The first film is The Goonies -and what a great film it is. Directed by Richard Donnor and written by the great Stephen Speilberg, The Goonies, in a one sentence synopsis is about a group of kids who embark on a wild adventure after finding a pirate treasure map.
But that's not really what the movie is about at all, is it? (for those of you familiar with the film) It's about childhood. It's about growing up. It's about friends -the best of friends going on an amazing adventure together and in the process, discovering themselves.
This film is wrought with humor I still appreciate as an adult (which could lend to the argument that I still have the mind of a teenager). The cast works flawlessly together. Growing up, I had friends just like Data and Chunk and Mouth and Mikey.
After seeing this movie, I would dig around in my parent's attic hoping to find a mysterious treasure map that would lead me on a wild adventure just like The Goonies. Like many films, it is about escape. Every character is longing to escape the lives they're currently living. Many of their homes are going into foreclosure and at the end of the summer, they'll be splitting up and moving away as a result. Even the bad guys -the Fratelli's, are escaping albeit escaping the law isn't as noble a motivation as escaping lives that are changing for the worse like The Goonies -who end up, ironically, trying to escape the Fratelli's most of the movie.
In an endearing part of the film the outcast of the outcasts, Chunk (we all know him, the funny little fat kid) makes friends with Sloth -brother/son to the Fratelli's who is chained up in the basement of their hideout because he has facial deformities. The unusual pair end up saving the day (in theatrical fashion).
If it's raining and cold outside, The Goonies the movie to watch. The combination of humor and adventure is unmatched and it will leave you yearning for your own adventure (or at least to set up a killer Rube Goldberg contraption in your front yard).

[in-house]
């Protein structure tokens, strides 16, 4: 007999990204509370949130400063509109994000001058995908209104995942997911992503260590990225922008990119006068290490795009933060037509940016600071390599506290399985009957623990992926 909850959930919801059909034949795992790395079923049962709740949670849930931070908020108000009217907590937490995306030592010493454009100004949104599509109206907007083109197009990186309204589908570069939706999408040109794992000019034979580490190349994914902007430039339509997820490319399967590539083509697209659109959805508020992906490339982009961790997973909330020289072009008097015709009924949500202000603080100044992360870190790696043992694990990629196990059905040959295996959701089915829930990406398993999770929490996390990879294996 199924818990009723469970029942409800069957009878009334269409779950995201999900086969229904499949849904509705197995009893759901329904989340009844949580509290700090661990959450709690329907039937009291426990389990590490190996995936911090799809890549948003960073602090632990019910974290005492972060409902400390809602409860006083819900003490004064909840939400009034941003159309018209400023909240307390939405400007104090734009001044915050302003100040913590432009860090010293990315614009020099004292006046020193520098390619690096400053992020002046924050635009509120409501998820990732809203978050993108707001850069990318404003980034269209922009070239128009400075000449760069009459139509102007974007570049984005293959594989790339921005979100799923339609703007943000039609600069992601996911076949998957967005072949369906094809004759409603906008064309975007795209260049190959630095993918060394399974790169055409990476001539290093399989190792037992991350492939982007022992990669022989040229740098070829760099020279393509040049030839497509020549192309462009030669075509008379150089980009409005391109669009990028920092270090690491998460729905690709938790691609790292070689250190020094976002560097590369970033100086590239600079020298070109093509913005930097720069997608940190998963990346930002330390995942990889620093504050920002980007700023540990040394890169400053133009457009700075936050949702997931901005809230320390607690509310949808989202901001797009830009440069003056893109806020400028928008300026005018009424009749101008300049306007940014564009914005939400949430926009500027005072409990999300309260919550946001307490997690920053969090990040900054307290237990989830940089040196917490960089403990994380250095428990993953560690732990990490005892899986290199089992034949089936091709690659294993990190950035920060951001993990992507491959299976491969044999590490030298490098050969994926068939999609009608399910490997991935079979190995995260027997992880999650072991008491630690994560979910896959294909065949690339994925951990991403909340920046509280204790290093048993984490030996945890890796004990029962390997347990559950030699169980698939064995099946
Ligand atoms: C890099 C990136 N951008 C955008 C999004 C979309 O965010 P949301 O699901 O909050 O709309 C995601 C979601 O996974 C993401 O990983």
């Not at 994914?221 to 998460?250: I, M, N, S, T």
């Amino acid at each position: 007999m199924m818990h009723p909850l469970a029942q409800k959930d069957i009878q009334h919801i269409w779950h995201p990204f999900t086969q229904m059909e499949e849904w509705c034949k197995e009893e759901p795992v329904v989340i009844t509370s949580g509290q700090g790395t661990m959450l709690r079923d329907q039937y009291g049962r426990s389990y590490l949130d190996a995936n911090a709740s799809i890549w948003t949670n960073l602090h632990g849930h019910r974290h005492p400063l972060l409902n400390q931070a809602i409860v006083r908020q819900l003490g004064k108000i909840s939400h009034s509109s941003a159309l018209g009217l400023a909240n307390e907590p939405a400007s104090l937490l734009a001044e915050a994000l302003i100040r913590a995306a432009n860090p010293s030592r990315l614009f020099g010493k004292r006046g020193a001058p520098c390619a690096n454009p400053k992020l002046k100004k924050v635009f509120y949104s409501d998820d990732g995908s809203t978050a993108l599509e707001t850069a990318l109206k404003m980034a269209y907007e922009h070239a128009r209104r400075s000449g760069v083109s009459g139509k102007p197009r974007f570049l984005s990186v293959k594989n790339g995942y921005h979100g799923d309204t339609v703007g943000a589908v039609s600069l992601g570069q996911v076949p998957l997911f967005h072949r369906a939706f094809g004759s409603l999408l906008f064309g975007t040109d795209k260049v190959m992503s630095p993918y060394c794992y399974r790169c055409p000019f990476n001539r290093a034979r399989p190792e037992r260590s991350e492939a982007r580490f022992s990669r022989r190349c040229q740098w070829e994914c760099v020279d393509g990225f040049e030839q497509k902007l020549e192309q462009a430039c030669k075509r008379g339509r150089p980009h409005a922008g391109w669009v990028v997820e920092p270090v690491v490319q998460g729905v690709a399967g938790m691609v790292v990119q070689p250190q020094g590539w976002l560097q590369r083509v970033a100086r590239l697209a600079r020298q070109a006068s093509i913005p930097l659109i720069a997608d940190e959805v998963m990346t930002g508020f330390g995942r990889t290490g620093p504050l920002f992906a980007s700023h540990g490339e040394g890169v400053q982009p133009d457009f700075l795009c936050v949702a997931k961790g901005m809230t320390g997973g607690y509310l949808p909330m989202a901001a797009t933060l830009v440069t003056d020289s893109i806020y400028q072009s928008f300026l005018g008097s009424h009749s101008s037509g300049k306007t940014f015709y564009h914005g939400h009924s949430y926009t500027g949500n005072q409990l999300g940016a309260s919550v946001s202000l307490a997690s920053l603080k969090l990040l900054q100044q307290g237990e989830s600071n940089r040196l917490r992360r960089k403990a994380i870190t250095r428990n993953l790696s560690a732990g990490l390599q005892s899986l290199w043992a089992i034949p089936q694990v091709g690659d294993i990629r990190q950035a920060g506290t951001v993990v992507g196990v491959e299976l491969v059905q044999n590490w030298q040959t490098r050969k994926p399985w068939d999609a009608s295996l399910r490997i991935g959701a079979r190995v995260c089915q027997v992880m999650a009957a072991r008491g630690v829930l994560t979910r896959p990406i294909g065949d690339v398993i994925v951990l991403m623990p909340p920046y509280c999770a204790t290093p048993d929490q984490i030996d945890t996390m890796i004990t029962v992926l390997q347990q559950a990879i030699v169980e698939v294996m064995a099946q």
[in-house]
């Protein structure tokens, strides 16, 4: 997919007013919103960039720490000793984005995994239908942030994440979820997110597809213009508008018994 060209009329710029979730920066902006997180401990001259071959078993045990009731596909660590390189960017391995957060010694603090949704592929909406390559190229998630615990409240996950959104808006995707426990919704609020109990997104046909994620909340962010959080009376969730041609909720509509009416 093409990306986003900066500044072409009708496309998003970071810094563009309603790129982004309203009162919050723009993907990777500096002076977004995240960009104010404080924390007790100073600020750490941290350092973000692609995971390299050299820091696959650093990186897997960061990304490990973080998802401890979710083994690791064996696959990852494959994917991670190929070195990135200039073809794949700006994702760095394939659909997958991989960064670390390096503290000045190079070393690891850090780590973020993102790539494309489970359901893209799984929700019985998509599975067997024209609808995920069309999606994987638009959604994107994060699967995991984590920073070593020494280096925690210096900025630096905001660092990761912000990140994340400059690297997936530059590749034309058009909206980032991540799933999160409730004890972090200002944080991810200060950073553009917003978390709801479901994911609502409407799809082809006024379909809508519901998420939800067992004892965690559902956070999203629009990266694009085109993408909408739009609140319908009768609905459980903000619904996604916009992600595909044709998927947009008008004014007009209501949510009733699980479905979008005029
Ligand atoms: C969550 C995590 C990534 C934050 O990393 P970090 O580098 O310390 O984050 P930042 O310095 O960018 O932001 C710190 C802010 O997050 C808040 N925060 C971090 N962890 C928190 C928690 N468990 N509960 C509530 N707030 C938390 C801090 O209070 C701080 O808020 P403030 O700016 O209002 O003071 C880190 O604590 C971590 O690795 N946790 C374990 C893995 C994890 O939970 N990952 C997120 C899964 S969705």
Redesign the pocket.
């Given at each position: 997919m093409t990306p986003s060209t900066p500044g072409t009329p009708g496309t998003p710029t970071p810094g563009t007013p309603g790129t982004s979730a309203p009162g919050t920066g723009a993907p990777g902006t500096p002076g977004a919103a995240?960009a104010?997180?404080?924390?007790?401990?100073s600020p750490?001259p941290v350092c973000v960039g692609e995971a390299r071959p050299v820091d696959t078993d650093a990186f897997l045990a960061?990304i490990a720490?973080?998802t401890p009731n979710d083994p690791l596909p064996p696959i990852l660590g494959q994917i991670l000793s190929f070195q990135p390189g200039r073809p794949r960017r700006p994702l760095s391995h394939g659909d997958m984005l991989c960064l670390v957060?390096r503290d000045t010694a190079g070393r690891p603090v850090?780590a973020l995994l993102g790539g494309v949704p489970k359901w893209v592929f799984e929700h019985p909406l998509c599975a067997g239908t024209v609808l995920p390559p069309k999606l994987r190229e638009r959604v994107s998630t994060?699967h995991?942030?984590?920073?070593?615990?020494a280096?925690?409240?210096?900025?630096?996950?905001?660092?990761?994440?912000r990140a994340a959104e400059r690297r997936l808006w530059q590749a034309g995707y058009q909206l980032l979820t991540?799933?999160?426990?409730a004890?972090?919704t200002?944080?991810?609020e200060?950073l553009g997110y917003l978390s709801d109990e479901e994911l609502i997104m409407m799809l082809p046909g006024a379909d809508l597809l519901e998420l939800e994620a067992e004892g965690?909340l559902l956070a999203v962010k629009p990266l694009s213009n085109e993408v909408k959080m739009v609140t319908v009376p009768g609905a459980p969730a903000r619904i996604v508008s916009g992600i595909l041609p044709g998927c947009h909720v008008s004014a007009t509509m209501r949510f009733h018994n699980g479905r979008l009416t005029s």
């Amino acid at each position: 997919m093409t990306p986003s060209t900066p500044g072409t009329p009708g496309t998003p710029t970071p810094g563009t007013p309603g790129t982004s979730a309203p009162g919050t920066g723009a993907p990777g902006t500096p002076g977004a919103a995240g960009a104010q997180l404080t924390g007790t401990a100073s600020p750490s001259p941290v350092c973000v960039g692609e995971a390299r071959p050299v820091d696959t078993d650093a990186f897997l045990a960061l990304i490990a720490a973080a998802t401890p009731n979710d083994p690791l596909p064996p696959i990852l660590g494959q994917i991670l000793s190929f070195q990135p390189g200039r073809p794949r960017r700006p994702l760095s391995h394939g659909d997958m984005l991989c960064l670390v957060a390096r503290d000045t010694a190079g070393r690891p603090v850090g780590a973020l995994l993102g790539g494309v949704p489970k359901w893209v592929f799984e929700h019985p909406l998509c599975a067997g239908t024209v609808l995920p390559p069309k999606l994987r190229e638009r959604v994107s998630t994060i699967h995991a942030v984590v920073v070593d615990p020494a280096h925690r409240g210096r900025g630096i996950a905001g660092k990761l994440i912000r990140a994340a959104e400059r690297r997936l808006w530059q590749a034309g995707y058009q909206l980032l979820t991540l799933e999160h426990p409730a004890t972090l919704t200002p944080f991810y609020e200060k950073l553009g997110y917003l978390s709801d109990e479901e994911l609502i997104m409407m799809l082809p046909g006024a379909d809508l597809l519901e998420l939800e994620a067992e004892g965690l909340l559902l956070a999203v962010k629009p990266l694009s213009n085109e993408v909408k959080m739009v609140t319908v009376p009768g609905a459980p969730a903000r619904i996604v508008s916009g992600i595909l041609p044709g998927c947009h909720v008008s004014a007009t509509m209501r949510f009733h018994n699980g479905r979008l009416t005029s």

Film number two that is a must-see has a much different tone than The Goonies but it is nevertheless one of the greats.
Stand By Me is not only a great movie for teens, it is one of the greatest movies of all times. Written as a short story by Stephen King, directed by Rob Reiner Stand by Me is the story of an author recounting a childhood memory of him and his friends spending several days one summer searching for the missing body of a local boy.
This is a much deeper film than The Goonies yet it contains some of the same underlying themes. Friendship, growing up, boyhood.
Each of the characters in the foursome has problems at home that rise to the surface throughout the film in a much more visceral way than in The Goonies.
The boys each learn about themselves during their journey. Each is able to push through moments of self-doubt and persevere. Also loaded with humor to offset the drama, Stand by Me will send those with an open mind on an emotional roller coaster.
Again, I am reminded of my childhood when I see this film. I recall many Stand By Me inspired walks into the woods behind my house that resulted in getting lost, scaling cliffs and running from unseen (but heard) dangers with my friends.
The last line of the movie, typed onto a computer (it may have been an electronic typewriter -it was the 80's) still holds true (for me anyway).
'I never had any friends later on like the ones I had when I was twelve. Jesus, does anyone?'
I'm fortunate enough to have remained friends with several of my twelve-year-old buddies and although our lives have grown apart, when we are together, it's as if we've never left.
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